Kansas City labor leaders and lawmakers want fixes after worker death at former AT&T building
Jose Rodolfo Garcia fell 14 stories down an elevator shaft to his death on July 18. An OSHA investigation is underway, but city officials and local labor leaders say there is more work to be done.
Kansas City officials and labor advocates demanded solutions Thursday that would strengthen worksite safety after the death of a worker at the former AT&T building downtown.
Jose Rodolfo Garcia, an immigrant who lacked permanent legal status and was employed by the temp agency Infinity Resources Enterprise, fell 14 stories down an elevator shaft to his death on July 18.
Under a contract with New Horizons, a Kansas City, Missouri, organization, Garcia traveled from Indiana to perform asbestos abatement work at 500 E. 8th St. The Kansas City Star reports the old office building is being converted into apartments.
At a press conference Thursday morning outside the site, Kansas City’s 1st District Council member Kevin O’Neill said stronger enforcement of a 2021 wage-theft ordinance will put city safety workers on job sites like this one as soon as next month.
“They will check what people are doing, safety protocols they're following, who they're working for,” O’Neill said. “All the things that people use, construction companies use, to cheat the city out of money.”
There were 108 workplace fatalities last year in the state, according to the Missouri Department of Labor. So far this year, there have been 54 reported deaths, not including Garcia’s.
O’Neill was joined outside the building by several local legislators, labor leaders and other workers. Mayor Quinton Lucas promised the crowd of about 50 people that he and O’Neill would “introduce (what some people call) crazy ordinances now and then” to ensure safer workplaces and fair wages.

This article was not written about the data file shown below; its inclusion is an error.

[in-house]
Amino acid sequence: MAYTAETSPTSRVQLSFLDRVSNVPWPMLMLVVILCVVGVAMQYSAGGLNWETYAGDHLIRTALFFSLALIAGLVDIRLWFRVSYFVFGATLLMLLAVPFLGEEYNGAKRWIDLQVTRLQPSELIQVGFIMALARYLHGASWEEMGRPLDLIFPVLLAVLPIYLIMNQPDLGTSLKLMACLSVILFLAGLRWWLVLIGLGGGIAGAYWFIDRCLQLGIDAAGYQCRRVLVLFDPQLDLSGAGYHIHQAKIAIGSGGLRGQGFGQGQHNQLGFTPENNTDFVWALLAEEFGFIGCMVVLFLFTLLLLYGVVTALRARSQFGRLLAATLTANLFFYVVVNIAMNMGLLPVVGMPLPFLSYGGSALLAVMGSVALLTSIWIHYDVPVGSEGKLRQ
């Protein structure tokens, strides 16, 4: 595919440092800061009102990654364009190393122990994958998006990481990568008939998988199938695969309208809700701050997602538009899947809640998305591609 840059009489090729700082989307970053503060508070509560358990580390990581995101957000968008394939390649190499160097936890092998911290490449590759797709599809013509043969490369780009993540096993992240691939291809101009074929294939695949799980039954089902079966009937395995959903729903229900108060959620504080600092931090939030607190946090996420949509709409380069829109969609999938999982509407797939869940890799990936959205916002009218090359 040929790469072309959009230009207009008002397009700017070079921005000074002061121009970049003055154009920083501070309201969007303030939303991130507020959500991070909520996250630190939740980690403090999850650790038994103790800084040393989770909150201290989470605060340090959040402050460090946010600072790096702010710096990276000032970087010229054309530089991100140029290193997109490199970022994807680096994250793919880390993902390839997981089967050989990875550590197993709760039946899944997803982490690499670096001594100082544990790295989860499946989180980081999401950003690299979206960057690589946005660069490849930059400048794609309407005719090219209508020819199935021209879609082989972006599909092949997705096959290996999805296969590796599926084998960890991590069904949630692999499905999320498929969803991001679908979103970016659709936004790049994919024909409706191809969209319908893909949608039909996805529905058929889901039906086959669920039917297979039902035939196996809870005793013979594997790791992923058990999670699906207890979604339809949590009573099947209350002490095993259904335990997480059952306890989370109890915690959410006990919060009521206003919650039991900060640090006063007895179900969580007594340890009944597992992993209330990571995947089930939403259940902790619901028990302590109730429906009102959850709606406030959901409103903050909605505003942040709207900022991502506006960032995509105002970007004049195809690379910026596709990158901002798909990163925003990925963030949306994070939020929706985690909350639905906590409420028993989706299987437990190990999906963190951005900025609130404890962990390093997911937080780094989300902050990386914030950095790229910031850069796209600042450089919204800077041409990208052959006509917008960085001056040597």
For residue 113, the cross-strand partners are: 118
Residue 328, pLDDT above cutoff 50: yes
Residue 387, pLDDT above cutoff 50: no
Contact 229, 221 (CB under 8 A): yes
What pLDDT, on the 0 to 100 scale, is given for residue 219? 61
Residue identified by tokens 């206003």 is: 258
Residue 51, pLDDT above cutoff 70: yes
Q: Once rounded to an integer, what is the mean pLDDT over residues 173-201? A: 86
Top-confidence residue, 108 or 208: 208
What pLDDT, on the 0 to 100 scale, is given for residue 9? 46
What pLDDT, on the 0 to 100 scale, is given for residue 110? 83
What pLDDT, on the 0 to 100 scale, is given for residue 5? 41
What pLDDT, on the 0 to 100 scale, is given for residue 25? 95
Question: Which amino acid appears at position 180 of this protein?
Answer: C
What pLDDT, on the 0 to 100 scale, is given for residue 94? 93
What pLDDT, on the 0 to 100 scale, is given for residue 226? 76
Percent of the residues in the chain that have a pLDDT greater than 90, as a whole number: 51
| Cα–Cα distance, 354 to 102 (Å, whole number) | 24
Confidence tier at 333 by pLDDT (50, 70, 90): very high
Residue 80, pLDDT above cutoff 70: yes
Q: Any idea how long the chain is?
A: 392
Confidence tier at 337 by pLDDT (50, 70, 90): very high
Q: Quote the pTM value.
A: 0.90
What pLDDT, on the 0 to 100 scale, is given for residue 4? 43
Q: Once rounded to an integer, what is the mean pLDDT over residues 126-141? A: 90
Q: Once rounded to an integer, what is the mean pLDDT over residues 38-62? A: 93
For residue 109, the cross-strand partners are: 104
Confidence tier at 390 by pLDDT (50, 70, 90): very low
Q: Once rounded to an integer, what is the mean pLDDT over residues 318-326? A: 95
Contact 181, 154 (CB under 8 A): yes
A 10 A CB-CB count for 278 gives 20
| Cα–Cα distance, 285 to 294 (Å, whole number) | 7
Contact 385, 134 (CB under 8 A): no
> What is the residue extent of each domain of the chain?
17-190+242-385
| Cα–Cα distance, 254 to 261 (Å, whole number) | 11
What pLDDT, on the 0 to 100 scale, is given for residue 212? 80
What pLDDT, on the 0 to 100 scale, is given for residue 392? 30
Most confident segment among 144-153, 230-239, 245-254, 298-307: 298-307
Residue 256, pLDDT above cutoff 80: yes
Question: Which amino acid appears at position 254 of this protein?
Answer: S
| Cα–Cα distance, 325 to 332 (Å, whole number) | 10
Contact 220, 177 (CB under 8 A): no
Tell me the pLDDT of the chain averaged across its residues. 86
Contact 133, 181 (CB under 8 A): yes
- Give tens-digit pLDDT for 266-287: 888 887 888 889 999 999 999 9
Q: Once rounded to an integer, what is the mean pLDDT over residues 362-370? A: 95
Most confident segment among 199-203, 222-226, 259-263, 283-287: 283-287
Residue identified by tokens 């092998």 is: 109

Fair Contracting Alliance executive director and Jackson County Legislator Manny Abarca said the incident shows the need for local governments to consider a worker’s bill of rights.
“There need to be triggers set in place to protect workers on construction sites and work sites across the city and the county, to make sure that people come home at night,” Abarca said. “A worker's bill of rights is just the start.”
The Occupational Safety and Health Administration is already investigating the incident, New Horizons, Infinity Resource Enterprise, and the building’s owner, The Bernstein Companies. According to the Kansas City Star, the employer alerted OSHA of Garcia’s death within the required eight hours.
OSHA now has six months to finalize any citations or fines.
Sal Valadez, the representative for diversity, outreach, and marketing for Missouri Kansas Laborers' District Council, said he’s heard concerns from workers on the site about a lack of safety training — especially concerning to Valadez because workers are clearing asbestos. He called for additional investigations by the city, local and federal prosecutors and the U.S. Department of Labor.
“Our community is asking, ‘When enough is enough?’ Do more workers have to be exploited or even die before action is taken?” Valadez said. “We must protect workers in our community. We do deserve answers.”